In the thirty-seven years I spent in the youth sports photography business, I’ve yet to come across any sports league of participants that was not photographed as part of that years’ experience. I’m confident the same holds true today throughout the entire country. When it comes to capturing the best moments of a participant’s life, there’s simply no other form of photography that tops sports pictures.

Sports photography rates second only to school photography in volumes of youth subjects photographed. The National Council of Youth Sports, NCYS, reports that there are over 60 million participants in youth sports. Revenues from photographing these participants are estimated to be in the billions of dollars annually. 

Life is becoming faster and more complex, but one constant is the valued relationships and cherished memories young people develop during their youth sports participation days.  And when it comes to convenience, cost and capturing the best moments of a participant’s life, there’s simply no other form of photography that tops sports pictures.  Today, these photos can achieve high levels of creativity as well.  Thanks to digital imaging, players have personalized, visually appealing and just plain fun images of themselves – suitable for friends, relatives or home mantles – to celebrate another year of sports and another year of growth.       
     
As a professional youth sports photographer, I had many times thought I’d seen it all, done it all and knew all there was to know about the industry I worked in for so many years. But, every time I thought that way, some  evolutionary new product innovation or dynamic marketing idea was introduced. And, it happened so quickly, it was hard to keep up! It seems like it was just yesterday I was loading my camera with, what was it called, film? Yes, the advancements in Digital Imagery create a wealth of opportunities allowing the photographer to better serve the photographic needs and wants of their most valued customers, the youth sports participants.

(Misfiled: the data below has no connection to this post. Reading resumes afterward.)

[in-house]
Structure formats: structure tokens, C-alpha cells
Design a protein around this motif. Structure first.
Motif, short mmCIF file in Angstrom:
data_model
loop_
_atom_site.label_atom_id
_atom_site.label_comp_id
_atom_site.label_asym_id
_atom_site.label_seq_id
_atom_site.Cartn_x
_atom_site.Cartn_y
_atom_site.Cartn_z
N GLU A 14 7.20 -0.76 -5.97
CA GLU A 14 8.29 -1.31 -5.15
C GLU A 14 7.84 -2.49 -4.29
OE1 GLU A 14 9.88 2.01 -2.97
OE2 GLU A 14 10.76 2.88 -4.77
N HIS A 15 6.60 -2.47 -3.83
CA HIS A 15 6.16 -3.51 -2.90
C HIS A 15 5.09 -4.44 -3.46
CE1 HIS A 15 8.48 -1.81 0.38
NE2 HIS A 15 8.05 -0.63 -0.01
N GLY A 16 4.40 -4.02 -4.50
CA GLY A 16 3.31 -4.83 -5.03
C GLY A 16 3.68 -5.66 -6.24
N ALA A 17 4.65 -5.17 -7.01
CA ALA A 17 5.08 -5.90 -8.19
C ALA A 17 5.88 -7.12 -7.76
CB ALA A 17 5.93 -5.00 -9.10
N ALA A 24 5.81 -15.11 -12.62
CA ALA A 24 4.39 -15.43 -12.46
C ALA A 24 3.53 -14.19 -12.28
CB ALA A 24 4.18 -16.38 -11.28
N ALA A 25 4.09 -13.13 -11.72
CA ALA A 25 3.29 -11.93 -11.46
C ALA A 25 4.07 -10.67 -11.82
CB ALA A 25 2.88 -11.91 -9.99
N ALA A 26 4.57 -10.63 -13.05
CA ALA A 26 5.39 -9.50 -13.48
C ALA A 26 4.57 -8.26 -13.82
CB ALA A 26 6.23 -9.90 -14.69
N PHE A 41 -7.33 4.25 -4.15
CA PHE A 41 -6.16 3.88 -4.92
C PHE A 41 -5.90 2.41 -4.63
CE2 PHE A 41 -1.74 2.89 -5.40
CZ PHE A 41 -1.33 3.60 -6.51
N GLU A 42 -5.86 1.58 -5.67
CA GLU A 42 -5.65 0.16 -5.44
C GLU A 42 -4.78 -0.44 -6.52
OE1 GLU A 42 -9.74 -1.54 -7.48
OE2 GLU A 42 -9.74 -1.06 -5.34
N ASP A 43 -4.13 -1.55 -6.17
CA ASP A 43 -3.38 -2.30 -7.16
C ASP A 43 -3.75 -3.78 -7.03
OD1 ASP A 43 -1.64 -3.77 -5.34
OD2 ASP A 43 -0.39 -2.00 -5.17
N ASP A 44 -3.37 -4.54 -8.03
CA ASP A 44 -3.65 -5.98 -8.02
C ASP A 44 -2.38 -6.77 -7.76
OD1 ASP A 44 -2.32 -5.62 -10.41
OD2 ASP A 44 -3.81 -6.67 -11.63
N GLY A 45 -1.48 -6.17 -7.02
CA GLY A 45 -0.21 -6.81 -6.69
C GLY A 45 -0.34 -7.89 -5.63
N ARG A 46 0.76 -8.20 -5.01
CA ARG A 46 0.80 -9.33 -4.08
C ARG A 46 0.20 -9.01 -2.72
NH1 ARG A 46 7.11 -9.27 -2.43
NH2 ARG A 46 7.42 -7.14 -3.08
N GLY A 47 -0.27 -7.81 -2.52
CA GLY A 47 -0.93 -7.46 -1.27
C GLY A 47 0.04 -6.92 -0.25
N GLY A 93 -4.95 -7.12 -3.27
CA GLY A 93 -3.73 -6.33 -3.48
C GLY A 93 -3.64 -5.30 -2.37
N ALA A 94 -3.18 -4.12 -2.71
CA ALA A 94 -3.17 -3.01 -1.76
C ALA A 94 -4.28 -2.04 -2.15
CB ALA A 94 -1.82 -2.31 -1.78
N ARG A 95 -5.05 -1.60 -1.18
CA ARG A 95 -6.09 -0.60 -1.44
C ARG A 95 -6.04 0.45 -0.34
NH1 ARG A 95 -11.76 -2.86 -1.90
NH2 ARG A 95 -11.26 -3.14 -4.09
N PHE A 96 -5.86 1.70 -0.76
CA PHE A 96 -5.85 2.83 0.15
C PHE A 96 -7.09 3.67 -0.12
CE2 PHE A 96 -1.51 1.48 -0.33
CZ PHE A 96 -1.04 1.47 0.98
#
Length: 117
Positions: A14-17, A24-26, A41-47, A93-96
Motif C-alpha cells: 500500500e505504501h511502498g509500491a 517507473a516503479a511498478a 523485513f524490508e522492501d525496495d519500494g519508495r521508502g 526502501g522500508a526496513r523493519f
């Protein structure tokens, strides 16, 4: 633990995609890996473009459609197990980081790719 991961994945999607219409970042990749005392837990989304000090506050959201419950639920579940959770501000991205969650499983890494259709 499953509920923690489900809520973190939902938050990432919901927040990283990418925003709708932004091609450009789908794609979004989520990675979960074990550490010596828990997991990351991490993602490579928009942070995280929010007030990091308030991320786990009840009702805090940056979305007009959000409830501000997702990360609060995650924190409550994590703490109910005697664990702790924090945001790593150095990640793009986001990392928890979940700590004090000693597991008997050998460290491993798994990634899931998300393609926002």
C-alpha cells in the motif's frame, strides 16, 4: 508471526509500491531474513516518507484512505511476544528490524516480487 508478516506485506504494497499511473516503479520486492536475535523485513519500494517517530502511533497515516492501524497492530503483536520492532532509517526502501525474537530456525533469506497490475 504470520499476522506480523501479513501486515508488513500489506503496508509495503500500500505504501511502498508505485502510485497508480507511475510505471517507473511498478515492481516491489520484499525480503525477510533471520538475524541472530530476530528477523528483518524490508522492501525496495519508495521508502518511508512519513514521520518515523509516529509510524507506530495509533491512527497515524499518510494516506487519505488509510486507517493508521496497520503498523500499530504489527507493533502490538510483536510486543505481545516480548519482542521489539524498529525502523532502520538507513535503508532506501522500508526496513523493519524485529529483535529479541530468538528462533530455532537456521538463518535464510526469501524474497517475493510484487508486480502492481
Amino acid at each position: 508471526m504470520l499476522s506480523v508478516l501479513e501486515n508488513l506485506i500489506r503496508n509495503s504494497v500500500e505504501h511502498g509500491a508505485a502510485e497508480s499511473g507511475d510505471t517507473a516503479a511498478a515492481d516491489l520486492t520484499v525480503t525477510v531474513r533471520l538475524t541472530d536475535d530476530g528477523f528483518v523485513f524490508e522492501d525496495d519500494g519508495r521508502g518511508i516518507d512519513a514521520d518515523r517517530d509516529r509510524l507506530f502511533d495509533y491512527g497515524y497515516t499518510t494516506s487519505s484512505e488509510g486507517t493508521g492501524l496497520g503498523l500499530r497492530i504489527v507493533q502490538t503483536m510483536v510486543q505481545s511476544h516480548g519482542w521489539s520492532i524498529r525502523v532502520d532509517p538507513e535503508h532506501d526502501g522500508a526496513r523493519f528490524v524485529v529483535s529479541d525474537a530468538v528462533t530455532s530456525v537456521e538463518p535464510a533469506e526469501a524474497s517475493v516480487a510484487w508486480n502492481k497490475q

Now they  photograph these youth sports stars with what appears to be a hand held computer with a lens. They then download onto their computer what their camera has captured to manipulate the images for greater customer satisfaction. These technological advances allow them to operate more effectively and efficiently. What these advances do not do, however, is assure that they will operate ethically, morally and legally.

With that being said I must report that without question, the vast majority of photographers in the sports photography industry conduct their businesses ethically and professionally. But, and most regrettably, there are a few, and I must stress a very few, who have compromised the integrity and high ethical  standards our industry demands. It’s hard to believe but true that there are those very few who have taken photographs of youngsters only to enhance them in an unethical, immoral and illegal way. 

This is a problem to be addressed and you may rest assured a great deal of attention is being paid to this issue by a much concerned sports photography industry. The National Council of Youth Sports (NCYS) charges the sports photography industry with the immediate responsibility to define our character to the yo​uth athletes of today, by using their endorsed, affordable online background check pipeline provided by National Center for Safety Initiatives (NCSI).  NCSI is a full service screening organization that works in accordance with the Recommended Guidelines© established by the National Council of Youth Sports (NCYS).

NCSI operates as an independent company, formed in partnership with NCYS. NCSI focuses its efforts, systems and expertise into seven identified risk factors to ensure client organizations are meeting and exceeding due diligence. All criminal background checks go through NCSI’s comprehensive system, which deploys multi-provider sourcing in the data collection process and handles the administrative process. As it’s now a common practice to require coaches and managers to submit to background checks, so it needs to be for all photographers, professional or amateur. Youth sports organizations from their headquarters to each and every local league must require their selected photographer(s) submit to a criminal background check, and, to have that check performed by NCSI. With the assistance of The Photo Marketing Association International PMAI, a “Photographers for Kids Safety” advisory committee, has been formed to work with the National Council of Youth Sports NCYS and its partner NCSI, the National Center for Safety Initiatives. The objective is to screen and examine all youth sports photographers.  The banner is being waved to make all of our children,  “Kids Safe”.​ 

Written by: Frank Hadfield who, in 1974, developed and introduced the Youth Sports Trading Card across America. The “Tradin’ Cards”, as his creation was named, fueled a renewed interest in the youth sports photography industry that remains today. Since then, Frank has enjoyed a successful career as a sports photographer and business owner. In 2003, Frank founded SPAA, the Sports Photographers Association of America, which is now a chapter of PMAI, Photo Marketing Association International. Now retired, Frank is Special Sports Photography Advisor to PMAI.